For large banks in China, we don’t expect credit costs to double like in 2008, when the economy was more reliant on exports. We believe banks have stronger capital and more sufficient provisions to buffer against the risks. Over the past seven years, banks have optimized their loan portfolios, adopted strict bad-debt classification standards, and lifted provision coverage loans under a more stringent financial regulatory framework. For the big four Chinese banks, the average provision coverage ratio of total overdue loans had improved from 121% at the end of 2015 to 207% as of mid-2019. Thus, we project an increase of 5-20 basis points in credit costs in the next two years and expect both net profits and dividends for the large banks to be flat in 2020 and 2021.
Our European banking coverage list has an average exposure to oil and gas equal to 33% of common equity Tier 1 capital. The sharp decline in oil prices has brought to the fore the risk faced by banks that have granted significant credit to oil and gas companies. Three banks with significant oil and gas exposure do boost the average significantly, however: Natixis , Credit Agricole (ACA), and ING (ING)/(INGA) have oil and gas exposure equal to 134%, 105%, and 82% of their respective common equity Tier 1 capital bases. At the other end of the spectrum, Julius Baer (BAER)/(JBAXY), Handelsbanken (SHB A), Intesa Sanpaolo (ISP)/(ISNPY), UBS (UBS)/(UBSG), Lloyds (LYG)/(LLOY), and KBC (KBC) have oil and gas exposure equal to less than 10% of their capital bases.
For the banks, dividend sustainability essentially comes down to two things: net income and capital levels. Banks need a certain level of capital to remain well capitalized, and they need a certain level of net income to maintain dividend payments. Credit losses can eat away at capital levels, presenting one risk to dividend sustainability. As capital is depleted, the bank will need to use its net income to rebuild capital, potentially putting dividend sustainability at risk. Net income is used to fund the dividends, so lower income, even without credit losses, also puts a strain on funding the dividend. If a bank suffers lower net income and big hits to capital levels, it is a double strain because it has to use a more limited net income stream to first fund its capital, and there isn't as much left over for a dividend. Any dividend payout that exceeds net income will reduce capital over time.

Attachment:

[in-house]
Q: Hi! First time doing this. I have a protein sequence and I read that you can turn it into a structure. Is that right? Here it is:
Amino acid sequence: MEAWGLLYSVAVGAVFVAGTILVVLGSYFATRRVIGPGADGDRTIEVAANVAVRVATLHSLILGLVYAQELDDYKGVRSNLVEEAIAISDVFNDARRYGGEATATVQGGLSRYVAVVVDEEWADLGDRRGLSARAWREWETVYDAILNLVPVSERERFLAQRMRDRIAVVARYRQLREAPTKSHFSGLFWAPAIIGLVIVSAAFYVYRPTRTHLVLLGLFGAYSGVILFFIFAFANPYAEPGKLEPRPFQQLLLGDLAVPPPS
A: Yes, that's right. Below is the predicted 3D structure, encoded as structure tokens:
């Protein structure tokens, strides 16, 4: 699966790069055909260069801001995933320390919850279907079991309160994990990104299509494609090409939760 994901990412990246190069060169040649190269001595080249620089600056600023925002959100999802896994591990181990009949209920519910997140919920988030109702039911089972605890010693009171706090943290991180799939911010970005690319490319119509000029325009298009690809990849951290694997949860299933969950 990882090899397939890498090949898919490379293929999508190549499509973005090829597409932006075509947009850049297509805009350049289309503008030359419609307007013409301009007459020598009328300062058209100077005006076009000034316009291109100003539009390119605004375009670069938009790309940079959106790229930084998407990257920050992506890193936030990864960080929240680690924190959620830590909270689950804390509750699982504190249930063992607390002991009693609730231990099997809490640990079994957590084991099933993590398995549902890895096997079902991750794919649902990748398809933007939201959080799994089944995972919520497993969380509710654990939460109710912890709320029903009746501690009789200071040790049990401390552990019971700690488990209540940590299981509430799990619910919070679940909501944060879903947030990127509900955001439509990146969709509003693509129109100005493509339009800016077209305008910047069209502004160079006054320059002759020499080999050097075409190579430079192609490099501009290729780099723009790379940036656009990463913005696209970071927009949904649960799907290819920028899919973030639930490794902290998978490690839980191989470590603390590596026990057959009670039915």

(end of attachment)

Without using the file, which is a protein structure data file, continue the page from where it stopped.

While it is tough to tell now what the fallout will be from the coronavirus outbreak, at the very least we can say that the banks are much better positioned today than they were during the financial crisis. Dividend payout ratios are generally lower than before, with most banks we cover at around 30% and several closer to 40%. Capital levels are also higher. Tangible equity/tangible asset levels are up more than 60% since 2007.
For dividends to come under threat, there would have to be a severe recession that caused net income to fall significantly for a sustained period and credit losses to increase by a significant amount. We believe it would have to be severe enough for net income to decrease roughly 40% or more, while credit losses would have to be large enough to eat up materially more than 40 basis points of common equity Tier 1 each year, likely at least 150 basis points more than 40 basis points. All the banks we cover have more than 150 basis points of cushion in their common equity Tier 1 ratios before they begin to reach certain minimum requirements, and in most cases they have more than 200 basis points of room. Right now, most excess cash has been used to make share repurchases, and the banks can easily stop these repurchases if earnings come under severe pressure. The severely adverse scenario we described could happen, but for now we would view it as very unlikely.
Johann Scholtz, Michael Wu, Michael Makdad, and Iris Tan contributed to this article.
Greggory Warren does not own (actual or beneficial) shares in any of the securities mentioned above. Find out about Morningstar’s editorial policies.